Thomas Reid, went further to differentiate natural from artificial language, more importantly to identity that there was a system of communication that existed a priori, and if not for the sake of which, we wouldn’t have been able to craft our cultural conventions that nest atop it.

However these ideas were championed most fiercely by John-Jacque Rousseau in his ‘Education of Emile.’ He believed that civilization as it was juggernauting through history, most specifically in the form of a burgeoning industrialization, stripped man of a vital authenticity, one championed in the noumenal sense. He was a believer in the weight and urgency of a call back to ‘natural man,’ one that attempted to navigate a balance between the authentic and conventional worlds.

And that’s the point, at least for me, here and now in this moment. As I get ready to pack the last of my things had head out West for a week, I sit with how to continually re-integrate those two pieces of a whole, and how my work might offer narratives that compel this dual inquiry within those who interact with it into the larger conversation about authenticity and the merit of as simple a fact as dirty hands.

And so here, on this spot, one that I plan to construct a place of meeting and ceremony, I give blessing, and gratitude to the land, to its genius, and continuity. I lay down the crest of Enkidu and I give thanks.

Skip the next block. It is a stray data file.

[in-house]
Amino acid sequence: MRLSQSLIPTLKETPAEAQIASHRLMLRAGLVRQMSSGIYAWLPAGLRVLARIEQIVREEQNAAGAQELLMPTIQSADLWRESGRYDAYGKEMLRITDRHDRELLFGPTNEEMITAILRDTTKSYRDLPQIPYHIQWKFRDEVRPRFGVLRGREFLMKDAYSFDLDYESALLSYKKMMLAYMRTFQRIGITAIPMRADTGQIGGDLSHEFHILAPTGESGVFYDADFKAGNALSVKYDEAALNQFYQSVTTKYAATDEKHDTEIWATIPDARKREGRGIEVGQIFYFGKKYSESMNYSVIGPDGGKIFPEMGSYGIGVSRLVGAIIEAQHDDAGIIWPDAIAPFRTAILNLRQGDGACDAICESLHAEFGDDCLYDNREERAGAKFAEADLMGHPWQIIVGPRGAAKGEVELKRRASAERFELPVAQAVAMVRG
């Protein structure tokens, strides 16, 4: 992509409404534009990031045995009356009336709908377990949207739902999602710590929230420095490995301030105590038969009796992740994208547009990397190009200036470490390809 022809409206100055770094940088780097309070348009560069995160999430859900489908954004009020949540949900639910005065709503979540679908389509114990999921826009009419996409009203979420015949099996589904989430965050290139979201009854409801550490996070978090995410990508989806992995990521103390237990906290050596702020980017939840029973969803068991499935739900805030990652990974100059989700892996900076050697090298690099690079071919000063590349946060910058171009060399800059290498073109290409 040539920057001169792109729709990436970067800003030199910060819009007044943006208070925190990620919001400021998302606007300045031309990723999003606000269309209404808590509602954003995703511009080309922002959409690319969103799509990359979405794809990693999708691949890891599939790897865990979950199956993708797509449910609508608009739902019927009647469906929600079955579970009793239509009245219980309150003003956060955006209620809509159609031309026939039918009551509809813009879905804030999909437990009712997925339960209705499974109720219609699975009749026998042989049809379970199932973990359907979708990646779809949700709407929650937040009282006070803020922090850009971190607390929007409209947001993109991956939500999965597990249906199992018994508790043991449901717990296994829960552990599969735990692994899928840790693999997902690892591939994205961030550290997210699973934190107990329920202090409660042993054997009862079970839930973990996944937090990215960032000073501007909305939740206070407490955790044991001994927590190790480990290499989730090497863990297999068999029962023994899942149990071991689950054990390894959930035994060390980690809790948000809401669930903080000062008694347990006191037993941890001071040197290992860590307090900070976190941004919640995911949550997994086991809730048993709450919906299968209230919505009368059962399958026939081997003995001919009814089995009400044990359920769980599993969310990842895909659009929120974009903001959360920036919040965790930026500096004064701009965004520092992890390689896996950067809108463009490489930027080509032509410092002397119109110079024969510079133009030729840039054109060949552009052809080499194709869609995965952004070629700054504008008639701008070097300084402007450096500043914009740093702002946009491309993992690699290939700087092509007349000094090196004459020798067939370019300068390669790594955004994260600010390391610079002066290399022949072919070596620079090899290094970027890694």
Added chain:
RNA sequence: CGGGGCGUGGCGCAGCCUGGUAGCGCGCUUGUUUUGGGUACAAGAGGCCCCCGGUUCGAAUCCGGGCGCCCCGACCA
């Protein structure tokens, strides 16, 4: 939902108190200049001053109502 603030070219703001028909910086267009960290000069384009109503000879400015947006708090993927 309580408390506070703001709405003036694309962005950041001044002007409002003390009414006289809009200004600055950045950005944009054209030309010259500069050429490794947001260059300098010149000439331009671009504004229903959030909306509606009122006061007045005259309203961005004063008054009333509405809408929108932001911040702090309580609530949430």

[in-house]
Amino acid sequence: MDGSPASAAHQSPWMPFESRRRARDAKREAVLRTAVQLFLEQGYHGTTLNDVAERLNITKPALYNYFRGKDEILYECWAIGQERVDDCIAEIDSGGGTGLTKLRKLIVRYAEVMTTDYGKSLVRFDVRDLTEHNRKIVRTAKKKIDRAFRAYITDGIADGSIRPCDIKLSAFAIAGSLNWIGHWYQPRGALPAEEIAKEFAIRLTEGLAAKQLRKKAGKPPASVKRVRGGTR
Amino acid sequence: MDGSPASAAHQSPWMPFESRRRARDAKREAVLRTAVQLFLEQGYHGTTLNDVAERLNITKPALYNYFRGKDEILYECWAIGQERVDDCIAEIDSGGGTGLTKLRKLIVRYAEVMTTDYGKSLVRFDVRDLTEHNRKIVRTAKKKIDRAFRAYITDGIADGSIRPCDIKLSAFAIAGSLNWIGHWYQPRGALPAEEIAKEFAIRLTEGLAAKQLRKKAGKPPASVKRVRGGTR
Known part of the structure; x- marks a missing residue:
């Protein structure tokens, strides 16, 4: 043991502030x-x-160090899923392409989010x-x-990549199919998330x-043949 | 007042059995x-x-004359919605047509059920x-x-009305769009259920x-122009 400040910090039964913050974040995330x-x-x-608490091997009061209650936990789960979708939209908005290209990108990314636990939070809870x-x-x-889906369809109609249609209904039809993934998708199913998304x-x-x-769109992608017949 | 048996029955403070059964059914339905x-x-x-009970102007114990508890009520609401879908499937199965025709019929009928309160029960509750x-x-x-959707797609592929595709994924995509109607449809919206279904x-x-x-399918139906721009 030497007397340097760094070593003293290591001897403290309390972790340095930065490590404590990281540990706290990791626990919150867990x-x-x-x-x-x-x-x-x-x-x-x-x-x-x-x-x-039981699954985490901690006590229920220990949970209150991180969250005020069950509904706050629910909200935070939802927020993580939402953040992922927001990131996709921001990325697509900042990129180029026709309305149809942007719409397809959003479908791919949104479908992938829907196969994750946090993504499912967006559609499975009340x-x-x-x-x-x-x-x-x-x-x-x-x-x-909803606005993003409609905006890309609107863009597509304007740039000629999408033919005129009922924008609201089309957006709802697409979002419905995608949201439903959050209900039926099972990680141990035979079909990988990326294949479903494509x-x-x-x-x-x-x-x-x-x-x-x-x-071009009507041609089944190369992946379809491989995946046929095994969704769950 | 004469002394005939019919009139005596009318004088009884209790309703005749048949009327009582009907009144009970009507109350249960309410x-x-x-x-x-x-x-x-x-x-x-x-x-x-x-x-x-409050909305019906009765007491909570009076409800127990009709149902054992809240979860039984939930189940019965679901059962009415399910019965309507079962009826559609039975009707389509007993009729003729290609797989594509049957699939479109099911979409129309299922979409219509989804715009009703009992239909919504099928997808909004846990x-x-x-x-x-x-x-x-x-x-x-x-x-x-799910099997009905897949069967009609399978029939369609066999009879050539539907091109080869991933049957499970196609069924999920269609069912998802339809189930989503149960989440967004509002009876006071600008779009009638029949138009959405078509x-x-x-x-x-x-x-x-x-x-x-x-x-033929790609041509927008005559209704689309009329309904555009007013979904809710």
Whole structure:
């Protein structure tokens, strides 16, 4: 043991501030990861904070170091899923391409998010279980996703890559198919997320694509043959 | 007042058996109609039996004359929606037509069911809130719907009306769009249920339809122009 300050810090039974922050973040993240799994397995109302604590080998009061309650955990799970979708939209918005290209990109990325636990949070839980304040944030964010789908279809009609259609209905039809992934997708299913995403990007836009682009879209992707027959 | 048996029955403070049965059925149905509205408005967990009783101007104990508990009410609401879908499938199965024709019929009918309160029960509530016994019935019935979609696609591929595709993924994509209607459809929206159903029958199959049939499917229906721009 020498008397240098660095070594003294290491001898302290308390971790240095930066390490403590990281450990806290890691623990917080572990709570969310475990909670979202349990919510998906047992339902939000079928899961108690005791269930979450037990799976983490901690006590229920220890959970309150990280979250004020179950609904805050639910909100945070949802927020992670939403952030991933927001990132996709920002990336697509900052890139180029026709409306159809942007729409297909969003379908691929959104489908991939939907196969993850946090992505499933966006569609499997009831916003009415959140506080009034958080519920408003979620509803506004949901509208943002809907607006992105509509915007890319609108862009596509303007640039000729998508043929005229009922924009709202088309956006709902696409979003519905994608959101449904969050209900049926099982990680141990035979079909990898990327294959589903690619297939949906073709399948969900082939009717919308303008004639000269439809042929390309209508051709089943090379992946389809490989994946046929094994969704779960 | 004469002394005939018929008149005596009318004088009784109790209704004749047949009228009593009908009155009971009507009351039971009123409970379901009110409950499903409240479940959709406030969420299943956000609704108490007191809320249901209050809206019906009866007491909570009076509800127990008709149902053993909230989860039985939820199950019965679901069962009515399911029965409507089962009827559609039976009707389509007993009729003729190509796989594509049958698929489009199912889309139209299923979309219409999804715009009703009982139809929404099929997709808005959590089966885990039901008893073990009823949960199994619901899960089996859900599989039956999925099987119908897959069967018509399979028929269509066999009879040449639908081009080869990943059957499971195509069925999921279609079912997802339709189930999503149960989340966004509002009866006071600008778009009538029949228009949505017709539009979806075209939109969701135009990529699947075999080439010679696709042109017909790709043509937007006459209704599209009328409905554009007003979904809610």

As for the rest, who the fuck knows about that.

Labour-atory: Dane Zahorsky 4/5

Michael Wickerson @ July 29, 2014

Gestalt Residency: Day 4 [Sine Labore Nihi]

Updated 35 minutes ago
5 Day 'flash' residency while tending chickens, feeding cats, and talking to myself and the land at Wickerson Studios LLC

Day 4:
In going over materials, and thinking about process vs product, the tools that we use, and the different manners of art in relation to work, I reread some work I did a few years ago, and it seemed wholly relevant for today’s practice:

In Alchemy the ultimate end more important than and necessary for the transmutation of base metals into gold, is a purification of the self. The journey towards an axis point of the many selves we present to others, and ourselves. It is both a charge and warning to and for the initiate that this is not a process to be undertaken frivolously. Just as Dante passes the threshold into the underworld so too must man accept that to ‘know thyself’ is to acknowledge a great many demons.